Marc-O [PersonRank 1]

7 years ago #

I agree with you Reto

Most machine learning algorithms, especially in beta, can be fooled easily when faced with intentionnaly noisy data. The google translator seemingly expect phrases, and probably wasn't trained to react to random sequence of words. In fact, who would really use a translator for such a use? If you want to input random words (not in a sentense), putting them on separated lines WILL work correctly.

Also, automatic translators should NEVER be trusted completely, and especially when it comes to political texts. Such systems are not foul-proof, and are known to sometimes forget a negation, which will likely cause confision. Those systems are also bad with people names, many of them having a real-world meaning other than a person. Google translator at least seem to see that capitalized names are names, while if the first letter is not a capital, sees it as a common noun.

Also, since these systems are trained using already translated texts, bad translations can cause from noise in the source data, i.e. the original texts in french and english not being correctly translated and cut phrases by phrases by humans. I guess the "suggest correction" button will help get things better.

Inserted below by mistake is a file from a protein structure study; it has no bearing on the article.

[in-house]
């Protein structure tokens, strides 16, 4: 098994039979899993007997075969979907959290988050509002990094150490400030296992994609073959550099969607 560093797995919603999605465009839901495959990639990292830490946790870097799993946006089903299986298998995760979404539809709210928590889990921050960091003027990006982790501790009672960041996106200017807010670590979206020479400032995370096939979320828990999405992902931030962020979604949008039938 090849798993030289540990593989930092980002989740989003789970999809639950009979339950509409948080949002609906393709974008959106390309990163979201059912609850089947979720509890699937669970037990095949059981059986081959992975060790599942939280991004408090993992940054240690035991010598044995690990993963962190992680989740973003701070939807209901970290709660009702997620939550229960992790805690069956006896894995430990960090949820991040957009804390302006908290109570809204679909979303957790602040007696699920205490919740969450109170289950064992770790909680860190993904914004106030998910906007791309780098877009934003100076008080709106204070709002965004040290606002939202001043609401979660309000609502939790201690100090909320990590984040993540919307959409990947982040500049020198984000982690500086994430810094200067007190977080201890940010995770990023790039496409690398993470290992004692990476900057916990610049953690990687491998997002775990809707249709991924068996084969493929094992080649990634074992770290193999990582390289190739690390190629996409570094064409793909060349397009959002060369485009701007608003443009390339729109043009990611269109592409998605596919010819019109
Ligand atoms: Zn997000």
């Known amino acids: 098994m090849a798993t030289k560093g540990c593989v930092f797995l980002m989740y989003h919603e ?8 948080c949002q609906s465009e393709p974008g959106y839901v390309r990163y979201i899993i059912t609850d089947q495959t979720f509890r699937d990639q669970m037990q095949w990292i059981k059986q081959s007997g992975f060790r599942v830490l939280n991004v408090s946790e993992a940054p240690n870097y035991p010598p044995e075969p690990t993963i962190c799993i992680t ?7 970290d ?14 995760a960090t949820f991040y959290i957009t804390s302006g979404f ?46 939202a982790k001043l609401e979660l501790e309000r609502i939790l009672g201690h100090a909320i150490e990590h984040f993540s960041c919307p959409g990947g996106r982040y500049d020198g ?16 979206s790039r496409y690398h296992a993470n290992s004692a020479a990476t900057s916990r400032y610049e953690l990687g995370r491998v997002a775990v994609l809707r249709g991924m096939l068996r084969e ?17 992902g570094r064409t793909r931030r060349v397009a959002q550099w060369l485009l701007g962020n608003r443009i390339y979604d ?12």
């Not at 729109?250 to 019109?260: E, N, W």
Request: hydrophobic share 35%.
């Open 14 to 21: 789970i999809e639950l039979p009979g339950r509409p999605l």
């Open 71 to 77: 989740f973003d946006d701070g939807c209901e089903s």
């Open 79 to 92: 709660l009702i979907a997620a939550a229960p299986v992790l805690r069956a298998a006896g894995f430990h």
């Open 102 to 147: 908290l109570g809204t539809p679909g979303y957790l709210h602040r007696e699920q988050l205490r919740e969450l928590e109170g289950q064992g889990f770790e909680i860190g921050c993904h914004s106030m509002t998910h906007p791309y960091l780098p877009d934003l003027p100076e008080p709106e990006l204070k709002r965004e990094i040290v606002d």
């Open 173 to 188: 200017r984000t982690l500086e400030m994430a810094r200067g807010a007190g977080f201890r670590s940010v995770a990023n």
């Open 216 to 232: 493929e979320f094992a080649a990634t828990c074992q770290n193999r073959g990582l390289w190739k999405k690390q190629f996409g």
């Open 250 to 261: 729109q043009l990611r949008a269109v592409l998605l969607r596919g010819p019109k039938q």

I guess the whole problem comes from people expecting the system to be robust against bad data. I guess google will have to adapt somewhat to realize that bush is almost always equal to Bush, irak to to Irak, and israel to Israel (in the user's head at least).

TOMHTML [PersonRank 10]

7 years ago #

Matt, the translator is good in average, but not all the time. And sometime it's really strange, and a non-French reader can't spot it.

Nicolas Sarkozy biography on French Wikipedia :
"Sa famille possédait des terres et un petit château dans le village d'Alattyán (près de Szolnok)"

*MY* translation in English:
"His family owned land and a small castle in the village named Alattyán (near Szolnok)" [in Hungary].

Google's translation:
"His family owned land and a small castle in the village of Chirac (near Szolnok)".

Do you spot the bug? :-/

Arthur [PersonRank 0]

7 years ago #